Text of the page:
The 1920s were an era of new-found freedom, frivolity and exuberance as America emerged from the shadow of World War I. The fashions of the time reflected this cultural trend, and both men and women began dressing for comfort and flash instead of formality and modesty. The fashionable 1920s dresser coordinated his look from his shoes to his hat, displaying the slender silhouette and vibrant spirit that have become iconic of the time.
Women's casual clothing changed dramatically in the 1920s, from underwear to accessories. Corsets shrank and became less stiff until they were eventually replaced completely with bras and camisoles. Dresses were long-waisted and fell to the knee. Trendy women of the 1920s, called flappers, wore sleeveless dresses with straight, vertical silhouettes; women who were campaigning for equal rights began to wear pants. The fabrics of the time were colorful and bright, echoing society's exuberance after the end of the war.
The 1920s woman was keen on creating head-to-toe looks, even for casualwear, so she chose hats, handbags, jewelry, stockings and shoes to coordinate with the rest of her outfit. Even her makeup was vivid. Stockings were available in all colors to match any outfit, and shoes were usually Mary Janes with two-inch heels. Cloches were the most popular choice of hat because they displayed a woman's short hair, which was the height of fashion at the time.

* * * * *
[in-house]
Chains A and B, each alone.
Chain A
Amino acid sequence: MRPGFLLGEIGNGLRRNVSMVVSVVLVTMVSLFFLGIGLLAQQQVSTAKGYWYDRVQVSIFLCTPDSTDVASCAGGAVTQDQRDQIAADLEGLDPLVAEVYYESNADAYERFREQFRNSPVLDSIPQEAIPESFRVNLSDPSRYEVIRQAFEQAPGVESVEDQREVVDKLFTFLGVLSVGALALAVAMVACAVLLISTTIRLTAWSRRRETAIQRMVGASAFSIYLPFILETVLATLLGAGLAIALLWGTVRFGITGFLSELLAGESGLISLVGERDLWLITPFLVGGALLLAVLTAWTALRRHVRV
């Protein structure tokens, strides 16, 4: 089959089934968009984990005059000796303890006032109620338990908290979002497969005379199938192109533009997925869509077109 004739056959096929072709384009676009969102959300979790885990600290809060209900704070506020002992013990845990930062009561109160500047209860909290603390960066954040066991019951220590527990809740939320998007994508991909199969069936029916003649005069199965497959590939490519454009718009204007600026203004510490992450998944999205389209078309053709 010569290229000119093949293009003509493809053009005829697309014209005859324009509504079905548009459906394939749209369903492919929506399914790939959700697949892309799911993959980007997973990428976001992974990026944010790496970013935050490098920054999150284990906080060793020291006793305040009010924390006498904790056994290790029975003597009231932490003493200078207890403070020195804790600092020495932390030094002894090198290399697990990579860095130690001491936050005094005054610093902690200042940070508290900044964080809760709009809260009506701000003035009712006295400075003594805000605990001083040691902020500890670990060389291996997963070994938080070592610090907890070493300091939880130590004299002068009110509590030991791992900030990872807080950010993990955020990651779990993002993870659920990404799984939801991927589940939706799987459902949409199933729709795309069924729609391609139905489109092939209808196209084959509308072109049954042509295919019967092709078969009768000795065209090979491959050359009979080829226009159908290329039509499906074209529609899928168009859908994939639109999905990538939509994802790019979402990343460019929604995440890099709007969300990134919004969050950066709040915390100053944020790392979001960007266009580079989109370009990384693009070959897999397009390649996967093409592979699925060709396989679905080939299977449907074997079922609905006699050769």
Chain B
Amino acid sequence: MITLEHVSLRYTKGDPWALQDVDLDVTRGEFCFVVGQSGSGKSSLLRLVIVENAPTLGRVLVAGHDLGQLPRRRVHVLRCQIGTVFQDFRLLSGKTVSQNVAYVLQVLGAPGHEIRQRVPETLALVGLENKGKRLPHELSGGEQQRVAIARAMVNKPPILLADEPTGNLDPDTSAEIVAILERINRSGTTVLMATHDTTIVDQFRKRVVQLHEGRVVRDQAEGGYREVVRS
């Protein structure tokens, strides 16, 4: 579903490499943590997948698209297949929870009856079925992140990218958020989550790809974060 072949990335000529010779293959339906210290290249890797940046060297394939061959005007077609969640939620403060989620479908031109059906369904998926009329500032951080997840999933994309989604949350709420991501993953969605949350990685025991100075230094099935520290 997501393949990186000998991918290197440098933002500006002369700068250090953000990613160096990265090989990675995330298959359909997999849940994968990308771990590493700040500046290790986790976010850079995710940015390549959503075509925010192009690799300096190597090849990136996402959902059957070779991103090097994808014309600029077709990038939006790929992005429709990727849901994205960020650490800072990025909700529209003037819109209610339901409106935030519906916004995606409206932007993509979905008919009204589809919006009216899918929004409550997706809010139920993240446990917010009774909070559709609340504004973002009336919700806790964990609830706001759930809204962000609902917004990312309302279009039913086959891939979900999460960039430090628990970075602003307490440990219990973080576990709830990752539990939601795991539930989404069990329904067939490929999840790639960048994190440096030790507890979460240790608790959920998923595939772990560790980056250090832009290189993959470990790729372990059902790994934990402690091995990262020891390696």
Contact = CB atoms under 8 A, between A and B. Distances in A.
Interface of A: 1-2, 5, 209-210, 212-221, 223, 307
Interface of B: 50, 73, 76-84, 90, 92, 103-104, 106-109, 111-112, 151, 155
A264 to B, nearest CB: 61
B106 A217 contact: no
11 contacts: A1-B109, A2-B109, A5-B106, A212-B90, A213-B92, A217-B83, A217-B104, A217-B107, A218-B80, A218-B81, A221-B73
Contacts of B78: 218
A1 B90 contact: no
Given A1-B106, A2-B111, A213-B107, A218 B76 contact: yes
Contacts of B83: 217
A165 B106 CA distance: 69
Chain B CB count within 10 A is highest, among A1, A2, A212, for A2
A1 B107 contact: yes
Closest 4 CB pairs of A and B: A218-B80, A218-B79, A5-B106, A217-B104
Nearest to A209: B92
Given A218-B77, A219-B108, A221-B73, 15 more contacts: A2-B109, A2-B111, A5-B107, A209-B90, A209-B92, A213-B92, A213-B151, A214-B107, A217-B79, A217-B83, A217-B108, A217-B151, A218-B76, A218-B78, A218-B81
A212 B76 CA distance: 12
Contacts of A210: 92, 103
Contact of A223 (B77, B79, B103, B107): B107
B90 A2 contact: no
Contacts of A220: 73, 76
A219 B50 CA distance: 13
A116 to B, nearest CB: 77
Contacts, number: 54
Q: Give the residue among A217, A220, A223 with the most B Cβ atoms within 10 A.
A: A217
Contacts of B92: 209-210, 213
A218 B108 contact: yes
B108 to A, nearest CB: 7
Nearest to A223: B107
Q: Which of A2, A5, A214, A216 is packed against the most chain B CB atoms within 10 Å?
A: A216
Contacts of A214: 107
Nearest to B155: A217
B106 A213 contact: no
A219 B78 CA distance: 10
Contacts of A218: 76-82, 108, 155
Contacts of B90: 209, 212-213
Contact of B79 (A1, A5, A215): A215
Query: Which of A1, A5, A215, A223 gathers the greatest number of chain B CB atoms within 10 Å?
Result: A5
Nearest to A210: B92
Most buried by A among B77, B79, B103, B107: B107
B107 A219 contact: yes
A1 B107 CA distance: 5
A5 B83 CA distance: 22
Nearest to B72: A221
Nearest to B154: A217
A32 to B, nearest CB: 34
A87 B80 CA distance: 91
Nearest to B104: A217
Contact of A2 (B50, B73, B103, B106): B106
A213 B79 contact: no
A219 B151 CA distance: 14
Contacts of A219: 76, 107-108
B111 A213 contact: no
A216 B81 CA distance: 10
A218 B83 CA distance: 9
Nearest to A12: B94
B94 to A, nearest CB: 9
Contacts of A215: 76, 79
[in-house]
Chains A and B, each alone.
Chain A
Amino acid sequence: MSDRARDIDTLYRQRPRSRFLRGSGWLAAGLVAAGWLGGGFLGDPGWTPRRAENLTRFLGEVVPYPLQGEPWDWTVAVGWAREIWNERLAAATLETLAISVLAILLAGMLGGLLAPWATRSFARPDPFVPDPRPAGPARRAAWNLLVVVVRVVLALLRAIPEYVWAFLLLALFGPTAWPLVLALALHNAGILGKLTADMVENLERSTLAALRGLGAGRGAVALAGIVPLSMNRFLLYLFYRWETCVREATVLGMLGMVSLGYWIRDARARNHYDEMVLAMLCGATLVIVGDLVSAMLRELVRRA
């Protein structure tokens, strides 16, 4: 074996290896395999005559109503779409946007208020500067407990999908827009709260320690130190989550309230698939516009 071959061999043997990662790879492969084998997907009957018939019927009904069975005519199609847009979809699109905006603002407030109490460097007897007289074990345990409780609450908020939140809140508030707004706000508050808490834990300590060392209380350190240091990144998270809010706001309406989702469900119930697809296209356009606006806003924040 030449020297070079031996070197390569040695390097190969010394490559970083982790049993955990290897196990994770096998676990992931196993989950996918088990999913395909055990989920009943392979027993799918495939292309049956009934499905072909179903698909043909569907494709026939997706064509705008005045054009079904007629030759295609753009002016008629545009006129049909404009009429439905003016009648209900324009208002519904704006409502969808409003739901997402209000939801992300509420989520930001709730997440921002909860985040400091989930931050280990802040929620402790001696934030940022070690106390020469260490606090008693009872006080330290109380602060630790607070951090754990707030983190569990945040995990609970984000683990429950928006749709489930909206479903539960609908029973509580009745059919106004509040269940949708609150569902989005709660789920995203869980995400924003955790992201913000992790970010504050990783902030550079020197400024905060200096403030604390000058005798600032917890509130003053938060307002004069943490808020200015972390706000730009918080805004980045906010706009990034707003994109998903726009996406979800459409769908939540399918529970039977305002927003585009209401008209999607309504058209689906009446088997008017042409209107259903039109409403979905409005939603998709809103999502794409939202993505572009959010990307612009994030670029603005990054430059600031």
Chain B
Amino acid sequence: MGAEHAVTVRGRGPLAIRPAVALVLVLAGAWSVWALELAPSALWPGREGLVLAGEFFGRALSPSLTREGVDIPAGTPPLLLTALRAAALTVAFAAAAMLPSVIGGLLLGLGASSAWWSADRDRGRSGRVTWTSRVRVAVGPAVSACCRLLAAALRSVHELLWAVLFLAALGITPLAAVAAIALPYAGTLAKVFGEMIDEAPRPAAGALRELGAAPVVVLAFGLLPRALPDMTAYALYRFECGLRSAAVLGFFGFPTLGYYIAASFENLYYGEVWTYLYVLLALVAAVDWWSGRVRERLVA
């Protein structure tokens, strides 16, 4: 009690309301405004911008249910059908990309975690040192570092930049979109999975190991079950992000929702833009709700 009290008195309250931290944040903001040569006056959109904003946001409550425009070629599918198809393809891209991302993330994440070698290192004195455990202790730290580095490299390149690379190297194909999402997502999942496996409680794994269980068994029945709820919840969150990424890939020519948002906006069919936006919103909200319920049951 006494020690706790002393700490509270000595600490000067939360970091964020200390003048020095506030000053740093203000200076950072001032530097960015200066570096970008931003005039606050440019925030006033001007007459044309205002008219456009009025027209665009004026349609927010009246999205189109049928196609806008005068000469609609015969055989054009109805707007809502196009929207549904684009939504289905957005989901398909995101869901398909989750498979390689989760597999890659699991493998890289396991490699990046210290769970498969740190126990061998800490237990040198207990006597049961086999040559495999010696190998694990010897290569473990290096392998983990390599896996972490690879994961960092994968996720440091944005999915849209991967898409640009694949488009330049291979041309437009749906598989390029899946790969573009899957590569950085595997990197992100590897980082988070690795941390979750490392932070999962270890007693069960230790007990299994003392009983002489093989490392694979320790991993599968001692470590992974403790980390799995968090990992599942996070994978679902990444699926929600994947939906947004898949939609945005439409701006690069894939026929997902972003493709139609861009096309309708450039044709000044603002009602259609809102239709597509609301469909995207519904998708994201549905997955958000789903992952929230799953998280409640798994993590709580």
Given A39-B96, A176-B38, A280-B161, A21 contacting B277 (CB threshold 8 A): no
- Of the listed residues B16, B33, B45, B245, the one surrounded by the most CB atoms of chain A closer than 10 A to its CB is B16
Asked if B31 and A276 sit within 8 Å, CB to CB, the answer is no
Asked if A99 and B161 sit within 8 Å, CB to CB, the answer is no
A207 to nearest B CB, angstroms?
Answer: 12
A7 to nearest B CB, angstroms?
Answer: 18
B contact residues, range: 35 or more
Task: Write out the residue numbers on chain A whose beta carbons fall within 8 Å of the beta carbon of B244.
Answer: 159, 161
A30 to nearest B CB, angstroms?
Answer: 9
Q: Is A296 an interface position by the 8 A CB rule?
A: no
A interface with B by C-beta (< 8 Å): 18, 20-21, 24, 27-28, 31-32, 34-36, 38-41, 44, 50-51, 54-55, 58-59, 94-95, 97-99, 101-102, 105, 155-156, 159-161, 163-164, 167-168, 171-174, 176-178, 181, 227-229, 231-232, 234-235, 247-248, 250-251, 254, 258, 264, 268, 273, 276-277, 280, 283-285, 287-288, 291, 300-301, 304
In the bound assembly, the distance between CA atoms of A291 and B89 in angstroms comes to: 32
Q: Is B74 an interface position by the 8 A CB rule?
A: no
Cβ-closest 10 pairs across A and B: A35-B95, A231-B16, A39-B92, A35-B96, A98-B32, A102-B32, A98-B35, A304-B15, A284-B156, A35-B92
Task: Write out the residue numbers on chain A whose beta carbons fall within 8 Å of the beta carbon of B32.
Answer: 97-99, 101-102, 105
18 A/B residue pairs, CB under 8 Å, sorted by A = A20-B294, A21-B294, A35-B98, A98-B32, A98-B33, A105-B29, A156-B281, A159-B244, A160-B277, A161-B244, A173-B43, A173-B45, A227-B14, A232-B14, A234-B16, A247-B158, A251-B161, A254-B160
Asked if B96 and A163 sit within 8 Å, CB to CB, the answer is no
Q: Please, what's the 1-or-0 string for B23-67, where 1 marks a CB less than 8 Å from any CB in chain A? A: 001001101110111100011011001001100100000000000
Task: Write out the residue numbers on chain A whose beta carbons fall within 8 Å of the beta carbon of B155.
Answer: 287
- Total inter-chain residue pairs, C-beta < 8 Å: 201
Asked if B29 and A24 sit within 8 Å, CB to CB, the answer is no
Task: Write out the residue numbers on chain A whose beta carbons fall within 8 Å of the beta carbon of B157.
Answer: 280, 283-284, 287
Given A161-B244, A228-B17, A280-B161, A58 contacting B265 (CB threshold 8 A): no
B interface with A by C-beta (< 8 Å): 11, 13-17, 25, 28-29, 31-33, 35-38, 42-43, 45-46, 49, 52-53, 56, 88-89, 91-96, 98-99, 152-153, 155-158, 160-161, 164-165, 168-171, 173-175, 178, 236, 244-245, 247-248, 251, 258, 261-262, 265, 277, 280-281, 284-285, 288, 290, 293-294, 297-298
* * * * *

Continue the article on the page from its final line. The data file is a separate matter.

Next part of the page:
Men continued to wear suits even casually, but as formality went out of style in the 1920s, they began to wear them without vests. The heroes of the time were athletes and aviators, and the fashionable look mirrored that youth and athleticism; coats were cut to imitate football jerseys and driving jackets. Suits, too, were tailored to make men look slim and vertical, rather than emphasizing the more mature, broad-shouldered silhouette that had been popular in the previous era.
Men in the 1920s still commonly wore hats for both formal and casual occasions. The top hat, however, was seen as too formal and fell out of style. Men began to wear trilbies and fedoras instead. As jackets shortened, they also began to wear belts, which displayed their waists. While light tones were popular for men's clothing, their socks and sweaters were often more vibrantly colorful. Two-toned shoes were common casualwear, and ties, bow ties, gloves and handkerchiefs completed the look for fashionable men.